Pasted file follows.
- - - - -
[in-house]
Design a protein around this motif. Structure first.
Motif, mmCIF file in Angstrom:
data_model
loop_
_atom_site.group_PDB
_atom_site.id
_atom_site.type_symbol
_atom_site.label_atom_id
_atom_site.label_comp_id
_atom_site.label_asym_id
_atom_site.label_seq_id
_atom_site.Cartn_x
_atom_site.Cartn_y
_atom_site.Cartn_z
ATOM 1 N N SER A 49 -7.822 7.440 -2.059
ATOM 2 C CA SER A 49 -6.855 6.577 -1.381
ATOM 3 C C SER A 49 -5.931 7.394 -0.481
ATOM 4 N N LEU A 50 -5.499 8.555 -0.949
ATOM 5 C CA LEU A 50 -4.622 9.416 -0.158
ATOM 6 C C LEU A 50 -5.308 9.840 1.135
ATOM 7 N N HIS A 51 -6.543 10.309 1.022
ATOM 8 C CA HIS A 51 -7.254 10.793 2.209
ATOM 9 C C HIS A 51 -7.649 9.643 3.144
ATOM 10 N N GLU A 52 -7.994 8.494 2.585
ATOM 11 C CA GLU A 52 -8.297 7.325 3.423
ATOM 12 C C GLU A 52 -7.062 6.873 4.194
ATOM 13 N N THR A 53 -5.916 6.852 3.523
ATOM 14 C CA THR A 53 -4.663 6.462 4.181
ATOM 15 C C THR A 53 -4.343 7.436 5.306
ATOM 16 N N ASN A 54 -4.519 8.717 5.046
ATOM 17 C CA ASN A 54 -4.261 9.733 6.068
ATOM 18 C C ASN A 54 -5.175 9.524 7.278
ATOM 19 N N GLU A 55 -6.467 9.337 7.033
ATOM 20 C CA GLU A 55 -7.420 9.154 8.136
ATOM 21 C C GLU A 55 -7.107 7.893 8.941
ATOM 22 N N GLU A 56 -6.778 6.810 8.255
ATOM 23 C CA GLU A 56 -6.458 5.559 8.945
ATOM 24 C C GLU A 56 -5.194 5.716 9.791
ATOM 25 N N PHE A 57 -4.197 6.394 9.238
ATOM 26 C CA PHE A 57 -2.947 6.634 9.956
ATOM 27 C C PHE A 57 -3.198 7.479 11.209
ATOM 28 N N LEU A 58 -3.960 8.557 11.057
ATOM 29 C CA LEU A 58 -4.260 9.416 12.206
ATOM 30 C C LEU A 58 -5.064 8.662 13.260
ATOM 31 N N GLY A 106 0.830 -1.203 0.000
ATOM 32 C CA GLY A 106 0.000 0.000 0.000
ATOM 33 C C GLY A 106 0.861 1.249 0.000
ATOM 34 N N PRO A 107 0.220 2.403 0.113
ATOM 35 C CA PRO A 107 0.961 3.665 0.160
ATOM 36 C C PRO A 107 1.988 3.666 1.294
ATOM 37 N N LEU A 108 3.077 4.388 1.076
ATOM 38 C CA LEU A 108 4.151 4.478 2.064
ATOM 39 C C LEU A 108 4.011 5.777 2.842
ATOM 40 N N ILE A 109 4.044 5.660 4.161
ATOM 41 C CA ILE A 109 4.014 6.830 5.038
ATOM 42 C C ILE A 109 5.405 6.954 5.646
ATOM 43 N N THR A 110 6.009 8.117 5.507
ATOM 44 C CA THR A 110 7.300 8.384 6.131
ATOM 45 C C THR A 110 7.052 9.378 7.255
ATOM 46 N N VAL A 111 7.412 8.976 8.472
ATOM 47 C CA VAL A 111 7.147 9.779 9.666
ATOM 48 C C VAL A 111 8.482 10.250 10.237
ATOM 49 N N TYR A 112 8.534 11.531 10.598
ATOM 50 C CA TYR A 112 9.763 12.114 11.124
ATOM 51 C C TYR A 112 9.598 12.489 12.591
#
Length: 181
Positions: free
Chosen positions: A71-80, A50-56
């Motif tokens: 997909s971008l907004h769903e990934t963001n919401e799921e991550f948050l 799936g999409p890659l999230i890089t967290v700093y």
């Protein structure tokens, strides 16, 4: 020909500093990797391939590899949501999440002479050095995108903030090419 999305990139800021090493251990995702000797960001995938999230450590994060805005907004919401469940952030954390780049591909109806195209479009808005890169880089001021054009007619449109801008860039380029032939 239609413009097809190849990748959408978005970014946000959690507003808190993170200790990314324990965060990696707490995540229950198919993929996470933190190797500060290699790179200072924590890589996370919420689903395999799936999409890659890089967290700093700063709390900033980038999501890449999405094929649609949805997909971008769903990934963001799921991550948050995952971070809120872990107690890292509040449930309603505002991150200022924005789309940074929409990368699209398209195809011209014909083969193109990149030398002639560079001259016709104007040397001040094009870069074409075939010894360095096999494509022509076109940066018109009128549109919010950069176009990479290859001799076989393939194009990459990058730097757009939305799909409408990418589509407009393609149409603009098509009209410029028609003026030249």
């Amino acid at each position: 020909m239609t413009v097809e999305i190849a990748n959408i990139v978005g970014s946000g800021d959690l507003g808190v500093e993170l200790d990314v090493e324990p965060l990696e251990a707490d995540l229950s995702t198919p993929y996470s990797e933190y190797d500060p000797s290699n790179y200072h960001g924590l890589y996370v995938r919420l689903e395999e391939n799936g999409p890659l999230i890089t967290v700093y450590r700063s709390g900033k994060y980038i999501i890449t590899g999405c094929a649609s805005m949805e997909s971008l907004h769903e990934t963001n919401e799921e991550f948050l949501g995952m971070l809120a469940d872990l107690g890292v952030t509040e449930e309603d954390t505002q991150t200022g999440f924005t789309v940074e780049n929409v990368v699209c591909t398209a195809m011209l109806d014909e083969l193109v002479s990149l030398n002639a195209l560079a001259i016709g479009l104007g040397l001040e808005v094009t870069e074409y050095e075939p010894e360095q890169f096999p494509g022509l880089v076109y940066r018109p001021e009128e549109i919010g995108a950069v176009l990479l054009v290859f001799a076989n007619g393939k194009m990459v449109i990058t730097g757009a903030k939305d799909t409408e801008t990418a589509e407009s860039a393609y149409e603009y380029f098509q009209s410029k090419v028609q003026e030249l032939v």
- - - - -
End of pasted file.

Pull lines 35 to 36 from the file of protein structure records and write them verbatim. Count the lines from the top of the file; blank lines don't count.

ATOM 20 C CA GLU A 55 -7.420 9.154 8.136
ATOM 21 C C GLU A 55 -7.107 7.893 8.941